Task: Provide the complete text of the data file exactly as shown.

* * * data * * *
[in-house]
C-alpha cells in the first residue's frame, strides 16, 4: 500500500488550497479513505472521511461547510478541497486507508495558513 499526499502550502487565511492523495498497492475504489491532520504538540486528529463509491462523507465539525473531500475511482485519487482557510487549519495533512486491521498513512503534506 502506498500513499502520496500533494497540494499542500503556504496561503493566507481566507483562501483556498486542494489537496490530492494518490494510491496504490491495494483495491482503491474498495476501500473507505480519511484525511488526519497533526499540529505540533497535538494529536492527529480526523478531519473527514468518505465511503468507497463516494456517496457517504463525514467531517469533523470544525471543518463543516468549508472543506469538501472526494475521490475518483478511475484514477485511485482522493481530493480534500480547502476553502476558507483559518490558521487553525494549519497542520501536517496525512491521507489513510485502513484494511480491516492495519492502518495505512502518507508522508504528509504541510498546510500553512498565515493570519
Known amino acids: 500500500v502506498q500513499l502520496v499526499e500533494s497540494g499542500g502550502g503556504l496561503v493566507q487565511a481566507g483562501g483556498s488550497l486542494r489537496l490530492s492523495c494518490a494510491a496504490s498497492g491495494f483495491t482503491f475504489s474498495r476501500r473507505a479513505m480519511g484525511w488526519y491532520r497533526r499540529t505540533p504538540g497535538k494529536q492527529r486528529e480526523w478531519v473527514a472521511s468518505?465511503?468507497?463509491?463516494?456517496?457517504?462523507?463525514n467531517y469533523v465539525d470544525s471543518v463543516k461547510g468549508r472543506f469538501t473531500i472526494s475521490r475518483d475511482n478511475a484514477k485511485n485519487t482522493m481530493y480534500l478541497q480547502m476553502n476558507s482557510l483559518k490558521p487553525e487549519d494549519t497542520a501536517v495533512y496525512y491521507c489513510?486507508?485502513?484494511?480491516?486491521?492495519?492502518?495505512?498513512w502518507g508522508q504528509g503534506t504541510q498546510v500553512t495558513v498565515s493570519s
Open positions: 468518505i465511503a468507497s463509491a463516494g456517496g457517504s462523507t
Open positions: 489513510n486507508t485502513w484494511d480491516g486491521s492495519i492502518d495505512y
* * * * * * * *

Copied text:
[in-house]
C-alpha cells in the first residue's frame, strides 16, 4: 500500500488550497479513505472521511461547510478541497486507508495558513 499526499502550502487565511492523495498497492475504489491532520504538540486528529463509491462523507465539525473531500475511482485519487482557510487549519495533512486491521498513512503534506 502506498500513499502520496500533494497540494499542500503556504496561503493566507481566507483562501483556498486542494489537496490530492494518490494510491496504490491495494483495491482503491474498495476501500473507505480519511484525511488526519497533526499540529505540533497535538494529536492527529480526523478531519473527514468518505465511503468507497463516494456517496457517504463525514467531517469533523470544525471543518463543516468549508472543506469538501472526494475521490475518483478511475484514477485511485482522493481530493480534500480547502476553502476558507483559518490558521487553525494549519497542520501536517496525512491521507489513510485502513484494511480491516492495519492502518495505512502518507508522508504528509504541510498546510500553512498565515493570519
Known amino acids: 500500500v502506498q500513499l502520496v499526499e500533494s497540494g499542500g502550502g503556504l496561503v493566507q487565511a481566507g483562501g483556498s488550497l486542494r489537496l490530492s492523495c494518490a494510491a496504490s498497492g491495494f483495491t482503491f475504489s474498495r476501500r473507505a479513505m480519511g484525511w488526519y491532520r497533526r499540529t505540533p504538540g497535538k494529536q492527529r486528529e480526523w478531519v473527514a472521511s468518505?465511503?468507497?463509491?463516494?456517496?457517504?462523507?463525514n467531517y469533523v465539525d470544525s471543518v463543516k461547510g468549508r472543506f469538501t473531500i472526494s475521490r475518483d475511482n478511475a484514477k485511485n485519487t482522493m481530493y480534500l478541497q480547502m476553502n476558507s482557510l483559518k490558521p487553525e487549519d494549519t497542520a501536517v495533512y496525512y491521507c489513510?486507508?485502513?484494511?480491516?486491521?492495519?492502518?495505512?498513512w502518507g508522508q504528509g503534506t504541510q498546510v500553512t495558513v498565515s493570519s
Open positions: 468518505i465511503a468507497s463509491a463516494g456517496g457517504s462523507t
Open positions: 489513510n486507508t485502513w484494511d480491516g486491521s492495519i492502518d495505512y